Collagen and elastin, the fibers that give your skin strength and elasticity, are also harmed by smoking. Additionally, smoking can cause wrinkles due to the repeated facial movements you make, such as squinting your eyes to block out smoke and pursing your lips when inhaling. Smoking also raises your risk of developing squamous cell skin cancer. The greatest strategy to protect your skin, if you smoke, is to stop. Consult your doctor for advice on quitting smoking or medicines that can assist.
- Take care of your skin
Shaving and daily washing might harm your skin. Keeping it kind:
- Limit your bathing time- Your skin’s natural oils are removed by hot water and extended showers or baths. Use warm water in place of hot water and keep bathing or showering to a minimum.
- Do not use harsh soaps- Strong detergents and soaps can remove oil from your skin. Choose gentle cleaners instead.
- Shave with caution- Apply shaving cream, lotion, or gel to your skin before shaving to lubricate and protect it. Use a clean, sharp razor to get the closest shave possible. Shave against the hair’s growth, not with it.
- Clean off- Use a towel to gently pat or blot your skin dry after bathing or washing it so that some moisture is left on your skin.
- Hydrate dry skin- Use a moisturizer suitable for your skin type if your skin is dry. Consider using a moisturizer with SPF daily.
- Eat a balanced diet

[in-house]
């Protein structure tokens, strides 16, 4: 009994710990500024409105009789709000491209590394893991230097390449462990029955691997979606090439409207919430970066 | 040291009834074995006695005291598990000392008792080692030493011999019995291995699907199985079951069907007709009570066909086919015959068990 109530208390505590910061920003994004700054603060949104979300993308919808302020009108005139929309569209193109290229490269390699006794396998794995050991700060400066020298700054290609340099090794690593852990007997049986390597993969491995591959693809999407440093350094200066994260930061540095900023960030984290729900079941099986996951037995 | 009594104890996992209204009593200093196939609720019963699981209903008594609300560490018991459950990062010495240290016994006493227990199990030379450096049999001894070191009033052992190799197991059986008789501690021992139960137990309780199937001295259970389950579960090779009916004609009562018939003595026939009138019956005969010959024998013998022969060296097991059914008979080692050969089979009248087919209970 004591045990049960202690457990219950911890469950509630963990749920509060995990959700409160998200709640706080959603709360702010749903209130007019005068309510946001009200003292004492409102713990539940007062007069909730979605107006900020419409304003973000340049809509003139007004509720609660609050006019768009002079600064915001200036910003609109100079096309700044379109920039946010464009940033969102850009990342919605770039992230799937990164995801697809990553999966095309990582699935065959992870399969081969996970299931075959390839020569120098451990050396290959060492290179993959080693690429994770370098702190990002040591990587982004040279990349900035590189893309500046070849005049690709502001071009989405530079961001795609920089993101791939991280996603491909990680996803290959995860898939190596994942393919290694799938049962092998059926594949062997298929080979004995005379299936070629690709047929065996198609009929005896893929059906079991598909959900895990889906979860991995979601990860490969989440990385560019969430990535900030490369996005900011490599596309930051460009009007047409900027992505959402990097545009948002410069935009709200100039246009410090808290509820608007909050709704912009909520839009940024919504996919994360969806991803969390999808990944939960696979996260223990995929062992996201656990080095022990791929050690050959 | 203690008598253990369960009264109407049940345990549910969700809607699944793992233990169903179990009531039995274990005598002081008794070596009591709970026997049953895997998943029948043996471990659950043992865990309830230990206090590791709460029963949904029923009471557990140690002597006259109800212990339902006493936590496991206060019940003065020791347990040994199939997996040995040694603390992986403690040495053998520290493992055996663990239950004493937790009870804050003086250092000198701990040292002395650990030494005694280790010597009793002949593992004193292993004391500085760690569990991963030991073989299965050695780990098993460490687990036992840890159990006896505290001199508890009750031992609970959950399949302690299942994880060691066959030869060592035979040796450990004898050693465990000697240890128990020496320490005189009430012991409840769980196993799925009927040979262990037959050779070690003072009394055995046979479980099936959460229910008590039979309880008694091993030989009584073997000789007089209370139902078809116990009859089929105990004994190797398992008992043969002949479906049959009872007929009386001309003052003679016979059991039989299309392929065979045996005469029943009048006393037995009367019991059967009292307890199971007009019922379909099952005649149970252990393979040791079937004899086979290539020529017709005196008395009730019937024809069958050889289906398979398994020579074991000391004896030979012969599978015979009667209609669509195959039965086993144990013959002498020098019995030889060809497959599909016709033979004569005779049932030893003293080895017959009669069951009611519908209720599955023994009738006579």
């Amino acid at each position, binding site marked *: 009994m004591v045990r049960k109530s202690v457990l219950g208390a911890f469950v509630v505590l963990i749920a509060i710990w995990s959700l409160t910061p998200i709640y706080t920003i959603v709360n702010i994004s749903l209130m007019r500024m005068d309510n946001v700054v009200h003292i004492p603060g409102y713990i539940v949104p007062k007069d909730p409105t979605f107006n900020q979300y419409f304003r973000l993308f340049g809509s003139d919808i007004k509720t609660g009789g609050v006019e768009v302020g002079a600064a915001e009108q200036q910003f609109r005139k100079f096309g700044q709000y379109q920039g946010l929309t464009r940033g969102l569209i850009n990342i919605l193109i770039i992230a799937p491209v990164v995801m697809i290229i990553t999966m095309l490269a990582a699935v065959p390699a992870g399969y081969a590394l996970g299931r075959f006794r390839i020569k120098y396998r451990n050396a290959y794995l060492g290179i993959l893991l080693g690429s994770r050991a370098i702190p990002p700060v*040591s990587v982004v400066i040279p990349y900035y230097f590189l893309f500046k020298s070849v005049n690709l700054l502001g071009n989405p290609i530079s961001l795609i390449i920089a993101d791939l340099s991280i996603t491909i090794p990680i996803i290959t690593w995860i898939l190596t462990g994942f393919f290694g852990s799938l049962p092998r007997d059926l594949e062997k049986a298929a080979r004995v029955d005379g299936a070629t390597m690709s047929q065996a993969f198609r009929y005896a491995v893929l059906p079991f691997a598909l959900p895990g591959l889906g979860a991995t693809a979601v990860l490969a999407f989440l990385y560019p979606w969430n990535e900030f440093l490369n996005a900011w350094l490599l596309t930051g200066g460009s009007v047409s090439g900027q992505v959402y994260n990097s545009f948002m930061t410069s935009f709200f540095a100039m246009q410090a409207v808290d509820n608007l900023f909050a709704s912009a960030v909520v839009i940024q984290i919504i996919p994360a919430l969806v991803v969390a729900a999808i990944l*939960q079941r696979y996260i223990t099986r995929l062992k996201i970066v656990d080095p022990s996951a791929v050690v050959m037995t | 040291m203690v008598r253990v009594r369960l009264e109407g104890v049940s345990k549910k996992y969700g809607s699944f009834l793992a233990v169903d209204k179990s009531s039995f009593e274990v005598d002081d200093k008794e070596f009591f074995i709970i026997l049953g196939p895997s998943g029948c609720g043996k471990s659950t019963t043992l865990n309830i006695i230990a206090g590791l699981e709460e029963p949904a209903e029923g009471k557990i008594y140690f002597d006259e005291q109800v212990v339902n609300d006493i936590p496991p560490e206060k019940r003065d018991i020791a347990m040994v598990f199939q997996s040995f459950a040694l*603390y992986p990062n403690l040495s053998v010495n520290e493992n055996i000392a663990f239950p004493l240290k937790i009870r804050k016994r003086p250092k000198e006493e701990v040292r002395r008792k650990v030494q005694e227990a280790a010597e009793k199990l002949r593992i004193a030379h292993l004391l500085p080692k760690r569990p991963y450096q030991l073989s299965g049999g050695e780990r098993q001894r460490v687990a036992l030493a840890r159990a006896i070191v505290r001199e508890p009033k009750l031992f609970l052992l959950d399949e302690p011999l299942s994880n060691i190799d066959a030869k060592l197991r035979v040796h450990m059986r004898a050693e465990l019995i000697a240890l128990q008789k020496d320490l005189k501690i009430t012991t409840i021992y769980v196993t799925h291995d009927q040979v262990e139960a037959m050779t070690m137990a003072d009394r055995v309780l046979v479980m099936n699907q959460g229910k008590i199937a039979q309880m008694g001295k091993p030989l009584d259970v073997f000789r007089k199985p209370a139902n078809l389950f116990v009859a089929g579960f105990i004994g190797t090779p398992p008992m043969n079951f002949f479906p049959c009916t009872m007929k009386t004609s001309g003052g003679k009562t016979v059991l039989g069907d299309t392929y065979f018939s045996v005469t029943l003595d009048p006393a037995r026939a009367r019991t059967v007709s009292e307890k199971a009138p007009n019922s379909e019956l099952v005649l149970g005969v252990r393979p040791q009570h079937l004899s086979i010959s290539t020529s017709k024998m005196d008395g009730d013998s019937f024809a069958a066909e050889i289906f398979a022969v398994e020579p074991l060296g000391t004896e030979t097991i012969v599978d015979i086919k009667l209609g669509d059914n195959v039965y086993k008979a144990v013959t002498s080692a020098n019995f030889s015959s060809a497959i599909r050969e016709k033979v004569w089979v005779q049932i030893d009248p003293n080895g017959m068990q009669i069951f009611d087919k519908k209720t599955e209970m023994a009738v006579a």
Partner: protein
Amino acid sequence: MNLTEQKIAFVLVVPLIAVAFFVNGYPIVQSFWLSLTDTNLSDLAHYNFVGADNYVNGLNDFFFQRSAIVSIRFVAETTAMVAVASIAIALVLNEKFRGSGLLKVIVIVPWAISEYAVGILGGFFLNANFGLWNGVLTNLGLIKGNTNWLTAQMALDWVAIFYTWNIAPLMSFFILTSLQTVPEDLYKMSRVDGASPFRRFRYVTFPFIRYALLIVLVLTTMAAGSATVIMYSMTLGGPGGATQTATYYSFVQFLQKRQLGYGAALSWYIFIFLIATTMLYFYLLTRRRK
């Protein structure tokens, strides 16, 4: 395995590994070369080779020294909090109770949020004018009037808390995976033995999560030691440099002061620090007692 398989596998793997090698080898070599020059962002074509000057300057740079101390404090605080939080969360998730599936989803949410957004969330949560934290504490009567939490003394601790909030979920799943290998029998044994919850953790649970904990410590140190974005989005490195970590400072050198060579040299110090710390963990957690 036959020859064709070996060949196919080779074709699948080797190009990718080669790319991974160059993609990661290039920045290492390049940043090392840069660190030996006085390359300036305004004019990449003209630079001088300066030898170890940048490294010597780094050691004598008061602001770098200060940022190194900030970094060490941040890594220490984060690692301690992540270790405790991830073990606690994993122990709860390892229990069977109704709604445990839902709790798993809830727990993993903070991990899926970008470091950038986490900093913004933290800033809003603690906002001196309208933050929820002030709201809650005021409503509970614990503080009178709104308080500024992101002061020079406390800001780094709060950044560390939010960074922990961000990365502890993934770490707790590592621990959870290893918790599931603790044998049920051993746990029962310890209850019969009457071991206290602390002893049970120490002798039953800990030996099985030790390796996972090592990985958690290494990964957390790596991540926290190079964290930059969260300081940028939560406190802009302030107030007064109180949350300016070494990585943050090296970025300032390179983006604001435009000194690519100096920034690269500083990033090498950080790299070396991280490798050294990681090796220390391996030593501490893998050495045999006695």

You can feel and look your best by following a nutritious diet. Consume a lot of fresh produce, whole grains, lean proteins, and fruits. It is unclear whether food contributes to acne, but some study indicates that eating a diet high in fish oil or fish oil supplements and low in harmful fats and refined or processed carbs may help you look younger. Water is important to keep your skin hydrated.
- Try and manage your stress
Uncontrolled stress can increase your skin’s sensitivity, lead to acne outbreaks, and cause other skin issues. Take efforts to control your stress to promote healthy skin and a healthy state of mind. Get enough sleep, establish reasonable boundaries, reduce your to-do list, and carve out time for your favorite activities. The outcomes can be more striking than you anticipate.
Disclaimer: “HealthLink.news does not intend to provide specific medical advice, but rather to provide its users and/ or the general public with information to better understand their health. All content (including text, graphics, images, information, etc.) provided herein is for general informational purposes only and is not a substitute for professional medical advice, care, diagnosis, or treatment. HealthLink.news makes no representation and assumes no responsibility/ liability for the accuracy of the information, advice, diagnosis, or treatment provided herein or on its website. NEVER DISREGARD PROFESSIONAL MEDICAL ADVICE OR DELAY IN SEEKING TREATMENT BECAUSE OF SOMETHING YOU HAVE READ IT HERE OR ACCESSED THROUGH THE HealthLink.news WEBSITE.”